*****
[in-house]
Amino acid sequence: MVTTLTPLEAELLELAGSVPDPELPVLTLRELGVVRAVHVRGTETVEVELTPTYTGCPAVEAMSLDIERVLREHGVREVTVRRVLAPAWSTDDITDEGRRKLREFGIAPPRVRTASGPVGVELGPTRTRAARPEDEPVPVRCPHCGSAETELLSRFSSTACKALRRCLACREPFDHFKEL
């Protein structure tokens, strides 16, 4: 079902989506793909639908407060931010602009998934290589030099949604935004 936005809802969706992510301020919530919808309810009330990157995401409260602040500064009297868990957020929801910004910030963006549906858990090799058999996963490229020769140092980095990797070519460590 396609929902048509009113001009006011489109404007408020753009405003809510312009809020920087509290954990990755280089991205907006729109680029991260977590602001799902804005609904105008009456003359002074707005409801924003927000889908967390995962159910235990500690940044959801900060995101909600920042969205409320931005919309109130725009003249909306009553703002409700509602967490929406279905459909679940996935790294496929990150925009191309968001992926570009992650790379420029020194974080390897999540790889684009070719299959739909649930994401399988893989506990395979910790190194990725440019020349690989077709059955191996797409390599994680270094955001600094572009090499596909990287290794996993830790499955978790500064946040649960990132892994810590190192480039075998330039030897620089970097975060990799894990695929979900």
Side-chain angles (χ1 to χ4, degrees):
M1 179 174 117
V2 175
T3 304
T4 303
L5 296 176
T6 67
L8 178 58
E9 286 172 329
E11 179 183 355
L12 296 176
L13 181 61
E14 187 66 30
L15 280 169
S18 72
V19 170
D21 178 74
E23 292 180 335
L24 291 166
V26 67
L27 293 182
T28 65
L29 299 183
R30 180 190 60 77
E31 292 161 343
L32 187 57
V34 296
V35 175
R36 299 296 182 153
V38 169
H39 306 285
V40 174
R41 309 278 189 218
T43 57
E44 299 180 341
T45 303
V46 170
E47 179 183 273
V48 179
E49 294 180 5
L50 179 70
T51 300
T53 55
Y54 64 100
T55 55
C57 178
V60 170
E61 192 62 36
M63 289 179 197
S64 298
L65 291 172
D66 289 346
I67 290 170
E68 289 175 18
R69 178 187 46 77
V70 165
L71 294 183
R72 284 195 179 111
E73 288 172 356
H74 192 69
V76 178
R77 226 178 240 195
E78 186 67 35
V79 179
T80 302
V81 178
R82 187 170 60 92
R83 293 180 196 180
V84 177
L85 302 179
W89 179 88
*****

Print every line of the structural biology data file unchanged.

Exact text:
[in-house]
Amino acid sequence: MVTTLTPLEAELLELAGSVPDPELPVLTLRELGVVRAVHVRGTETVEVELTPTYTGCPAVEAMSLDIERVLREHGVREVTVRRVLAPAWSTDDITDEGRRKLREFGIAPPRVRTASGPVGVELGPTRTRAARPEDEPVPVRCPHCGSAETELLSRFSSTACKALRRCLACREPFDHFKEL
């Protein structure tokens, strides 16, 4: 079902989506793909639908407060931010602009998934290589030099949604935004 936005809802969706992510301020919530919808309810009330990157995401409260602040500064009297868990957020929801910004910030963006549906858990090799058999996963490229020769140092980095990797070519460590 396609929902048509009113001009006011489109404007408020753009405003809510312009809020920087509290954990990755280089991205907006729109680029991260977590602001799902804005609904105008009456003359002074707005409801924003927000889908967390995962159910235990500690940044959801900060995101909600920042969205409320931005919309109130725009003249909306009553703002409700509602967490929406279905459909679940996935790294496929990150925009191309968001992926570009992650790379420029020194974080390897999540790889684009070719299959739909649930994401399988893989506990395979910790190194990725440019020349690989077709059955191996797409390599994680270094955001600094572009090499596909990287290794996993830790499955978790500064946040649960990132892994810590190192480039075998330039030897620089970097975060990799894990695929979900």
Side-chain angles (χ1 to χ4, degrees):
M1 179 174 117
V2 175
T3 304
T4 303
L5 296 176
T6 67
L8 178 58
E9 286 172 329
E11 179 183 355
L12 296 176
L13 181 61
E14 187 66 30
L15 280 169
S18 72
V19 170
D21 178 74
E23 292 180 335
L24 291 166
V26 67
L27 293 182
T28 65
L29 299 183
R30 180 190 60 77
E31 292 161 343
L32 187 57
V34 296
V35 175
R36 299 296 182 153
V38 169
H39 306 285
V40 174
R41 309 278 189 218
T43 57
E44 299 180 341
T45 303
V46 170
E47 179 183 273
V48 179
E49 294 180 5
L50 179 70
T51 300
T53 55
Y54 64 100
T55 55
C57 178
V60 170
E61 192 62 36
M63 289 179 197
S64 298
L65 291 172
D66 289 346
I67 290 170
E68 289 175 18
R69 178 187 46 77
V70 165
L71 294 183
R72 284 195 179 111
E73 288 172 356
H74 192 69
V76 178
R77 226 178 240 195
E78 186 67 35
V79 179
T80 302
V81 178
R82 187 170 60 92
R83 293 180 196 180
V84 177
L85 302 179
W89 179 88